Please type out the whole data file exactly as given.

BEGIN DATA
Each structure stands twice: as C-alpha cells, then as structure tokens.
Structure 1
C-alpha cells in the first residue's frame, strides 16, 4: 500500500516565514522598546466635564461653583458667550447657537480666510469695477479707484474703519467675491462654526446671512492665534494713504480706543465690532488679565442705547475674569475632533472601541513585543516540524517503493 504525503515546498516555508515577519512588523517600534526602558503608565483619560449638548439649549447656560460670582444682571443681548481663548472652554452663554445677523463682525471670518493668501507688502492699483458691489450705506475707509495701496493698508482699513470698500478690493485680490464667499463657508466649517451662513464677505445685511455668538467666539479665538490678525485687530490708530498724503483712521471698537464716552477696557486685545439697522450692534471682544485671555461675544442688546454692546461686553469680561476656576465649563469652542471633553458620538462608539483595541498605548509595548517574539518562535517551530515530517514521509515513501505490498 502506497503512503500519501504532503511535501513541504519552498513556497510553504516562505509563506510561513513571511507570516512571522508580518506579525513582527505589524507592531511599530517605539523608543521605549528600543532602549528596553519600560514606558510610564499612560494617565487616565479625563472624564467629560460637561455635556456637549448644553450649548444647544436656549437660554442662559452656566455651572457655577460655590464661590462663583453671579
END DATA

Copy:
Each structure stands twice: as C-alpha cells, then as structure tokens.
Structure 1
C-alpha cells in the first residue's frame, strides 16, 4: 500500500516565514522598546466635564461653583458667550447657537480666510469695477479707484474703519467675491462654526446671512492665534494713504480706543465690532488679565442705547475674569475632533472601541513585543516540524517503493 504525503515546498516555508515577519512588523517600534526602558503608565483619560449638548439649549447656560460670582444682571443681548481663548472652554452663554445677523463682525471670518493668501507688502492699483458691489450705506475707509495701496493698508482699513470698500478690493485680490464667499463657508466649517451662513464677505445685511455668538467666539479665538490678525485687530490708530498724503483712521471698537464716552477696557486685545439697522450692534471682544485671555461675544442688546454692546461686553469680561476656576465649563469652542471633553458620538462608539483595541498605548509595548517574539518562535517551530515530517514521509515513501505490498 502506497503512503500519501504532503511535501513541504519552498513556497510553504516562505509563506510561513513571511507570516512571522508580518506579525513582527505589524507592531511599530517605539523608543521605549528600543532602549528596553519600560514606558510610564499612560494617565487616565479625563472624564467629560460637561455635556456637549448644553450649548444647544436656549437660554442662559452656566455651572457655577460655590464661590462663583453671579